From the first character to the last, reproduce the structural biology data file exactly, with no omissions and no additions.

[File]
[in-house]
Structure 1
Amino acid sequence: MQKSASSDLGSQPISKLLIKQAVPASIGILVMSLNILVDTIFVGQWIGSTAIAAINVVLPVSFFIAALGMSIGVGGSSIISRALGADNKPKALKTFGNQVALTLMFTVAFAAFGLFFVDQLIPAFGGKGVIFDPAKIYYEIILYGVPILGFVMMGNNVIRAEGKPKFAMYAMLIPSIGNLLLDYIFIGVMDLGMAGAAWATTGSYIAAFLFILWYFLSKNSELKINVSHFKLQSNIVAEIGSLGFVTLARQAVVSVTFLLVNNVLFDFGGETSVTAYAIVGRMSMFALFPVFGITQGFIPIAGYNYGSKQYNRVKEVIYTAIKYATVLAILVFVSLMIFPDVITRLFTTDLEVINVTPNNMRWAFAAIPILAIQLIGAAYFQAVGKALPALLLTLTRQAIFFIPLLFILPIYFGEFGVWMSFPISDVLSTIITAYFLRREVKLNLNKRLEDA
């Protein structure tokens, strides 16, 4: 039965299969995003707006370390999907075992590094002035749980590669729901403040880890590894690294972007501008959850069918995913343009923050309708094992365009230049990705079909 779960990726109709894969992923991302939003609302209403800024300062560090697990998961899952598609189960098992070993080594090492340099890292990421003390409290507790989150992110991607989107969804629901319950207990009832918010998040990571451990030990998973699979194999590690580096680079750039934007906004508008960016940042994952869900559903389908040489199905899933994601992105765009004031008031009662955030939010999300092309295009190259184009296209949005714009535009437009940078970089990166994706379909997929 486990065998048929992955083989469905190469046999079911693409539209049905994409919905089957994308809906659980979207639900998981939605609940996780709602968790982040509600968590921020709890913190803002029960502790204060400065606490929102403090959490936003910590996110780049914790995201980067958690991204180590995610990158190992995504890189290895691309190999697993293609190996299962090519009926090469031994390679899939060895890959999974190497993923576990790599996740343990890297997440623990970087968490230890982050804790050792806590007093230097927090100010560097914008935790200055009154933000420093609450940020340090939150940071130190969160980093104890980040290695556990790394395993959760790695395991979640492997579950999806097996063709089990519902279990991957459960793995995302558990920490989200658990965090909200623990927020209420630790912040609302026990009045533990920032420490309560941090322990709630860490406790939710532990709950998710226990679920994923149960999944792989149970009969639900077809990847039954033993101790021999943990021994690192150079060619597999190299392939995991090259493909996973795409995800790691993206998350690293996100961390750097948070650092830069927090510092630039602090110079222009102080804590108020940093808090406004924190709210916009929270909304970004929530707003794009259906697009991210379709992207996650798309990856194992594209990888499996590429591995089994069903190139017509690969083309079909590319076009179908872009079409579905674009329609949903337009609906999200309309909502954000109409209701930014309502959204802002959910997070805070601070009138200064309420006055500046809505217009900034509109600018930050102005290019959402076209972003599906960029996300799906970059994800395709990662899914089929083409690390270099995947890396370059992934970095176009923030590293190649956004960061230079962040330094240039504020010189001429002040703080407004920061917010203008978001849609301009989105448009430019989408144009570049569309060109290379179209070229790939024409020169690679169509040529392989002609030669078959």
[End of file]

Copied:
[in-house]
Structure 1
Amino acid sequence: MQKSASSDLGSQPISKLLIKQAVPASIGILVMSLNILVDTIFVGQWIGSTAIAAINVVLPVSFFIAALGMSIGVGGSSIISRALGADNKPKALKTFGNQVALTLMFTVAFAAFGLFFVDQLIPAFGGKGVIFDPAKIYYEIILYGVPILGFVMMGNNVIRAEGKPKFAMYAMLIPSIGNLLLDYIFIGVMDLGMAGAAWATTGSYIAAFLFILWYFLSKNSELKINVSHFKLQSNIVAEIGSLGFVTLARQAVVSVTFLLVNNVLFDFGGETSVTAYAIVGRMSMFALFPVFGITQGFIPIAGYNYGSKQYNRVKEVIYTAIKYATVLAILVFVSLMIFPDVITRLFTTDLEVINVTPNNMRWAFAAIPILAIQLIGAAYFQAVGKALPALLLTLTRQAIFFIPLLFILPIYFGEFGVWMSFPISDVLSTIITAYFLRREVKLNLNKRLEDA
């Protein structure tokens, strides 16, 4: 039965299969995003707006370390999907075992590094002035749980590669729901403040880890590894690294972007501008959850069918995913343009923050309708094992365009230049990705079909 779960990726109709894969992923991302939003609302209403800024300062560090697990998961899952598609189960098992070993080594090492340099890292990421003390409290507790989150992110991607989107969804629901319950207990009832918010998040990571451990030990998973699979194999590690580096680079750039934007906004508008960016940042994952869900559903389908040489199905899933994601992105765009004031008031009662955030939010999300092309295009190259184009296209949005714009535009437009940078970089990166994706379909997929 486990065998048929992955083989469905190469046999079911693409539209049905994409919905089957994308809906659980979207639900998981939605609940996780709602968790982040509600968590921020709890913190803002029960502790204060400065606490929102403090959490936003910590996110780049914790995201980067958690991204180590995610990158190992995504890189290895691309190999697993293609190996299962090519009926090469031994390679899939060895890959999974190497993923576990790599996740343990890297997440623990970087968490230890982050804790050792806590007093230097927090100010560097914008935790200055009154933000420093609450940020340090939150940071130190969160980093104890980040290695556990790394395993959760790695395991979640492997579950999806097996063709089990519902279990991957459960793995995302558990920490989200658990965090909200623990927020209420630790912040609302026990009045533990920032420490309560941090322990709630860490406790939710532990709950998710226990679920994923149960999944792989149970009969639900077809990847039954033993101790021999943990021994690192150079060619597999190299392939995991090259493909996973795409995800790691993206998350690293996100961390750097948070650092830069927090510092630039602090110079222009102080804590108020940093808090406004924190709210916009929270909304970004929530707003794009259906697009991210379709992207996650798309990856194992594209990888499996590429591995089994069903190139017509690969083309079909590319076009179908872009079409579905674009329609949903337009609906999200309309909502954000109409209701930014309502959204802002959910997070805070601070009138200064309420006055500046809505217009900034509109600018930050102005290019959402076209972003599906960029996300799906970059994800395709990662899914089929083409690390270099995947890396370059992934970095176009923030590293190649956004960061230079962040330094240039504020010189001429002040703080407004920061917010203008978001849609301009989105448009430019989408144009570049569309060109290379179209070229790939024409020169690679169509040529392989002609030669078959």